Last summer, the Phillies acquired Edmundo Sosa from the Cardinals. Sosa is one of the better infield defenders in the game.
Sosa’s overall offensive production was not great. In 190 plate appearances, the soon-to-be 27-year-old hit .227/.275/.369. However, his numbers during his time with the Cardinals were much different than his numbers with the Phillies. In 131 plate appearances for St. Louis, he hit just .189/.244/.270, but with Philadelphia he slashed .315/.345/.593 in 59 plate appearances.
Defense is where Sosa provided his value. He played all of his defensive innings on the left side of the infield. He played 282.2 innings at shortstop (5 DRS, 6 OAA) and 137.0 innings at third base (1 DRS, 4 OAA). Overall, his 10 OAA was in the 97th percentile in the majors. His average arm strength fell into the 45th percentile though, as it was just 84.5 MPH.
Sosa was consistently a late-inning defensive replacement for the Phillies and received the occasional spot start.
Sosa is set to be the Phillies’ most reliable infield defender on the bench at the start of the season. Any offensive production they get from him will be a plus. How they use him will likely differ a bit from last year. They will likely continue to use him at third base late in games to replace Alec Bohm, but with Trea Turner and Bryson Stott at shortstop and second base, the amount of work Sosa gets at those positions is likely going to be minimal.
As touched on earlier, the Phillies will be using multiple players as their designated hitter to start the year. This won’t lead to Sosa getting at-bats as a designated hitter, but it could increase his playing time. If the Phillies want to use Rhys Hoskins, Alec Bohm, Bryson Stott, or Trea Turner as the designated hitter on any given day, Sosa will be put into the lineup to replace one of them in the field.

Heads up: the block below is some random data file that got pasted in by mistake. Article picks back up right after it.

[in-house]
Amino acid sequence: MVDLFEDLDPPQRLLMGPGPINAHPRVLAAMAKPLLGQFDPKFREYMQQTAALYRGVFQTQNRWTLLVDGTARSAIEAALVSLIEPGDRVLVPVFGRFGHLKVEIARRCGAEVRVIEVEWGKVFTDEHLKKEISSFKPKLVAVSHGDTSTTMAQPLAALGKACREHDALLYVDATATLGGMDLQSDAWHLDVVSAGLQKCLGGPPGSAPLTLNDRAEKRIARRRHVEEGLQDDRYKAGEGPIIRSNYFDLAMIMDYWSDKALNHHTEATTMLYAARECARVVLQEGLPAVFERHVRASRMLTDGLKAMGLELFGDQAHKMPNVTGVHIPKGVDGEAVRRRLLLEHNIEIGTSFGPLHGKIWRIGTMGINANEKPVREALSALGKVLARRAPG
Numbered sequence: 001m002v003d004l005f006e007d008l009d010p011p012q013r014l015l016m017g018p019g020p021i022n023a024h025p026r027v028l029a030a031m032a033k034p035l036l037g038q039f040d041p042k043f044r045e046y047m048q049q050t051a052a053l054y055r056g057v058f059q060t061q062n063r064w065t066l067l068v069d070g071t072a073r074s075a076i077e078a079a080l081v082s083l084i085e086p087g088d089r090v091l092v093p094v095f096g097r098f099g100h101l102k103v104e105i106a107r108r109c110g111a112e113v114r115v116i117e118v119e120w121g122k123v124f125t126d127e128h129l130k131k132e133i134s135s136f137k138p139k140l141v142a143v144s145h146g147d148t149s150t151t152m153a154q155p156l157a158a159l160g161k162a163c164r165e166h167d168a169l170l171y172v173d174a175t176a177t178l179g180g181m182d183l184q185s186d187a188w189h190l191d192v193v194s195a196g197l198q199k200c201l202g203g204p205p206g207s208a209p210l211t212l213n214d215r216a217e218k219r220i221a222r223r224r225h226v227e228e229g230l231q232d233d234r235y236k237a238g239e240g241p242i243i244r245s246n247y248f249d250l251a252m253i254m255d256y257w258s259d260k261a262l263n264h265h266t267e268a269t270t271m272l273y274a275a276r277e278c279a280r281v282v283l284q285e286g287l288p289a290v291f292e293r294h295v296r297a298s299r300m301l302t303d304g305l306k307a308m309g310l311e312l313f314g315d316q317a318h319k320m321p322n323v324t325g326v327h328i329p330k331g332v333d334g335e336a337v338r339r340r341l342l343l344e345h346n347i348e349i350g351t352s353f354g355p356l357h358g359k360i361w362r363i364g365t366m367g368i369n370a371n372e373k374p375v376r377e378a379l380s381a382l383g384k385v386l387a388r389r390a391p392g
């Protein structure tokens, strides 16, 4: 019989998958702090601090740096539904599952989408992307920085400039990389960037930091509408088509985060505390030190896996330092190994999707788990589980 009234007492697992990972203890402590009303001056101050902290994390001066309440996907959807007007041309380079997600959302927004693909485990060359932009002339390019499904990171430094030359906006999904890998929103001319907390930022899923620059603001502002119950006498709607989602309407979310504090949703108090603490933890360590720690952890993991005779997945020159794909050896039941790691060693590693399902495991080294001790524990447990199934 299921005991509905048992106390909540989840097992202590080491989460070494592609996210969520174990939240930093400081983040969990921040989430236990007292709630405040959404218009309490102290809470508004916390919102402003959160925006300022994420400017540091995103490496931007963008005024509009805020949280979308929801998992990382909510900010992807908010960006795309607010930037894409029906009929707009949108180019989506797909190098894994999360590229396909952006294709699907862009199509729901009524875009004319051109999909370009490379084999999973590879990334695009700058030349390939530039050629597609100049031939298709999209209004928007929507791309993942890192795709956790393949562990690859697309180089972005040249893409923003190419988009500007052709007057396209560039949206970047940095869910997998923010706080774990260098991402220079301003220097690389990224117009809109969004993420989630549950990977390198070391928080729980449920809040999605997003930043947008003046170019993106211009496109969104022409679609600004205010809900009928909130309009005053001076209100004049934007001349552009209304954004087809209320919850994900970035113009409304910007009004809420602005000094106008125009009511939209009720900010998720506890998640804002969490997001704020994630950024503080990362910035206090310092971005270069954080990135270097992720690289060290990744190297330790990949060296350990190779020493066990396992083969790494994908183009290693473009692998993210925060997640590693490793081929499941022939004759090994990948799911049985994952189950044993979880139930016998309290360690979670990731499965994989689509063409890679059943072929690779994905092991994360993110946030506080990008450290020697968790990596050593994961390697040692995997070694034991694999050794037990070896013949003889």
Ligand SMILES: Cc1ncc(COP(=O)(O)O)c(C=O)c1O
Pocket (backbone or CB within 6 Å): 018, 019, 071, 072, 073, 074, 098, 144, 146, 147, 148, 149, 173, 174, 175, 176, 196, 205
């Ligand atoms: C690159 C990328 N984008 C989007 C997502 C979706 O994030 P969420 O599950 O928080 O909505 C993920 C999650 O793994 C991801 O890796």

Sosa’s sample size as a hitter was very small with the Phillies in 2022 and could have just been a hot streak. However, it is possible the coaching staff fixed something in Sosa’s swing, or approach, that led to more production. That could continue, but it shouldn’t be counted on. Sosa’s defensive prowess should continue to shine for the Phillies.
The Phillies acquired Garrett Stubbs from the Astros before the lockout last offseason. He is a solid backup catcher and provides good depth behind arguably the best catcher in baseball, J.T. Realmuto.
Garrett Stubbs was a welcome surprise for the Phillies. He didn’t receive much playing time though, simply due to the fact that J.T. Realmuto was one of Philadelphia’s best players.
Realmuto ended up catching 1,131.2 innings, which was the most in baseball. That led to Stubbs being behind the plate for just 294.2 innings. He was solid when he was given opportunities, though. Stubbs ranked in the 93rd percentile in pop time to second base, 1.91 seconds, and averaged 83.5 MPH on his throws. However, he wasn’t all that great at framing. According to Statcast, he was worth -4 catcher framing runs.
Offensively, Stubbs was really good in the chances he received. He hit .264/.350/.462 in 121 plate appearances. He also hit his first career home run, along with four others, to bring his season, and career, home run total to 5.
With Realmuto being so important to the Phillies during the playoffs, Stubbs didn’t play during the club’s postseason run.